Finally, Isaiah 59 condemns us all universally, but it also goes on:
The Lord saw it, and it displeased him
that there was no justice.
He saw that there was no man,
and wondered that there was no one to intercede;
then his own arm brought him salvation,
and his righteousness upheld him.
He put on righteousness as a breastplate,
and a helmet of salvation on his head;
he put on garments of vengeance for clothing,
and wrapped himself in zeal as a cloak.
According to their deeds, so will he repay,
wrath to his adversaries, repayment to his enemies;
to the coastlands he will render repayment. (Isaiah 59:15b-18)
The Lord sees that there is no one righteous, he sees that wickedness and violence reign on the earth, he sees that there is no one to intercede, to set things right, so he takes up righteousness and salvation himself and charges in to redeem his Creation. At the end of the chapter, the Lord declares:
“And as for me, this is my covenant with them,” says the Lord: “My Spirit that is upon you, and my words that I have put in your mouth, shall not depart out of your mouth, or out of the mouth of your offspring, or out of the mouth of your children’s offspring,” says the Lord, “from this time forth and forevermore.” (Isaiah 59:21)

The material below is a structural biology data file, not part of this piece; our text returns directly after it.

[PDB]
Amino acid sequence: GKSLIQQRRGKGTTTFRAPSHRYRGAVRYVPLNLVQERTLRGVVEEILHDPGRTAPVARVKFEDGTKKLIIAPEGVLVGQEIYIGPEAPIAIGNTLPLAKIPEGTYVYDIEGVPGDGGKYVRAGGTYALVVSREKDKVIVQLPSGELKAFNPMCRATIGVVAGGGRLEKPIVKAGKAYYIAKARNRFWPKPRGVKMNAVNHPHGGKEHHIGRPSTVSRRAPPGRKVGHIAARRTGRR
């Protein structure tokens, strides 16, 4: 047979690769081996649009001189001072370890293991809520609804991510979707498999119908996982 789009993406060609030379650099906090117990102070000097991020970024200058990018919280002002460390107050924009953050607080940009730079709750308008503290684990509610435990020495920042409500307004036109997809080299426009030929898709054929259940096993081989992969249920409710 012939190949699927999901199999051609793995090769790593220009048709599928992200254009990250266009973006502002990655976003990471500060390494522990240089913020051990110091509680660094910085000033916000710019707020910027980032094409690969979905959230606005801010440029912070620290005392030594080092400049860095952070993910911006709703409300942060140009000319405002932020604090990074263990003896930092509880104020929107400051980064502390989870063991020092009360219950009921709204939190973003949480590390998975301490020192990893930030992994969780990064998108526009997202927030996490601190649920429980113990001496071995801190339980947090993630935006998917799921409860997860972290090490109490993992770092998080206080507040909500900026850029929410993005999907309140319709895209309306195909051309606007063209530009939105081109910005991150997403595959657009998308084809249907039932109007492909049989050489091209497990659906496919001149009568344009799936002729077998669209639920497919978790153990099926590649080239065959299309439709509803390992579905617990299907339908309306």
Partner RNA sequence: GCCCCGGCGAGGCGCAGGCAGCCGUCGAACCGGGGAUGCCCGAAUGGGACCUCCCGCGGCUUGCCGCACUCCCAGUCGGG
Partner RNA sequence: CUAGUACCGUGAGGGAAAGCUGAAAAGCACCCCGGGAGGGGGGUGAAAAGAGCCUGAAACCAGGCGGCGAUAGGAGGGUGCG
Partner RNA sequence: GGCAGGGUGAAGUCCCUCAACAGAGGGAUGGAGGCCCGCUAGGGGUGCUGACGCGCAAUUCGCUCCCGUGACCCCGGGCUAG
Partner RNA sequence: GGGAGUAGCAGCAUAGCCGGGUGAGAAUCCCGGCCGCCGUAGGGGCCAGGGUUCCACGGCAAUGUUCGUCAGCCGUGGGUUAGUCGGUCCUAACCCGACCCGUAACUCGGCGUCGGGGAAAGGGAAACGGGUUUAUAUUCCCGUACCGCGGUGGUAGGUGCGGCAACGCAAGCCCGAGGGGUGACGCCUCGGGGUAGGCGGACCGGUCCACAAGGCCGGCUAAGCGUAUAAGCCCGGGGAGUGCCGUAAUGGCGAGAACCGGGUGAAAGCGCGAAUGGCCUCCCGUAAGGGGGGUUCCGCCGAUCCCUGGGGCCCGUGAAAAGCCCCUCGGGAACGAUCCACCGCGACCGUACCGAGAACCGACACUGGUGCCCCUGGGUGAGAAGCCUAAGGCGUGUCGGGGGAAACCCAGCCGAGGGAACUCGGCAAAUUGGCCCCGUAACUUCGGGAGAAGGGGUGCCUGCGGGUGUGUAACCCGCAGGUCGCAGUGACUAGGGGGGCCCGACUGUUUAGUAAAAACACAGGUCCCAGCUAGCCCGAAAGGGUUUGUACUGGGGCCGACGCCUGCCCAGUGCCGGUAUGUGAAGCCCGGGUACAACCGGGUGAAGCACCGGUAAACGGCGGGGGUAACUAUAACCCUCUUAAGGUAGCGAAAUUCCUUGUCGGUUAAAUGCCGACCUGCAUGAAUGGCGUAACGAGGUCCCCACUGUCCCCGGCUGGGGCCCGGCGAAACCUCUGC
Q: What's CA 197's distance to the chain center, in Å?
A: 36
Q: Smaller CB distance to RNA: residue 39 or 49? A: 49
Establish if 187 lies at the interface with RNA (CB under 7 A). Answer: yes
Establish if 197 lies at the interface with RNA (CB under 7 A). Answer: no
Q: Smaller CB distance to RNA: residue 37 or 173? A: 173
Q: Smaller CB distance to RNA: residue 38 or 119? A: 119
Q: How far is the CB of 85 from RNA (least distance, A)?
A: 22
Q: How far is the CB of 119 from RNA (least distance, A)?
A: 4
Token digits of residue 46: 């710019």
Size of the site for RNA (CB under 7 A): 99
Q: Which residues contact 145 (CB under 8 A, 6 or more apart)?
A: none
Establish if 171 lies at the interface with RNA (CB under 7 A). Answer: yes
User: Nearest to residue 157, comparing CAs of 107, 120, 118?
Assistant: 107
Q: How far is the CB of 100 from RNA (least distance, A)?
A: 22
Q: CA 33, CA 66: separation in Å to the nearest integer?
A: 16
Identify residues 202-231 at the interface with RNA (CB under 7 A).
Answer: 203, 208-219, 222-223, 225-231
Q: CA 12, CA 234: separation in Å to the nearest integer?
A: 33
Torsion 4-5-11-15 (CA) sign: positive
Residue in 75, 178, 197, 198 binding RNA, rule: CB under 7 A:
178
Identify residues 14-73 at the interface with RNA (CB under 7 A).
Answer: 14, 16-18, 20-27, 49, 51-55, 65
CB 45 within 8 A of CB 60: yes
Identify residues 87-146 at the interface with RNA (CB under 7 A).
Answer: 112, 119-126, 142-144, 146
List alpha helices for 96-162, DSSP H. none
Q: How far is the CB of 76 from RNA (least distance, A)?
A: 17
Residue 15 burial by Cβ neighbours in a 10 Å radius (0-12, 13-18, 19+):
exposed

Paul’s point is that all are sinners, Gentiles and Jews alike. Israel keeps appeal to the law to claim that she is special, but the law only serves to condemn her. Yes, the Jews are special, but they’re still guilty and the law only serves to expose their sin. And yet, as the law condemns, it also declares: It is precisely because things are this bad, it is precisely because even God’s own people are in bondage to sin, that the Lord will act. He will do what he has promised. He will judge sin. He will rescue the helpless. He will establish his covenant forever. This is what the gospel is all about and this is how it reveals the righteousness of God.
Paul now brings us back to the courtroom in verse 19:
Now we know that whatever the law says it speaks to those who are under the law, so that every mouth may be stopped, and the whole world may be held accountable to God.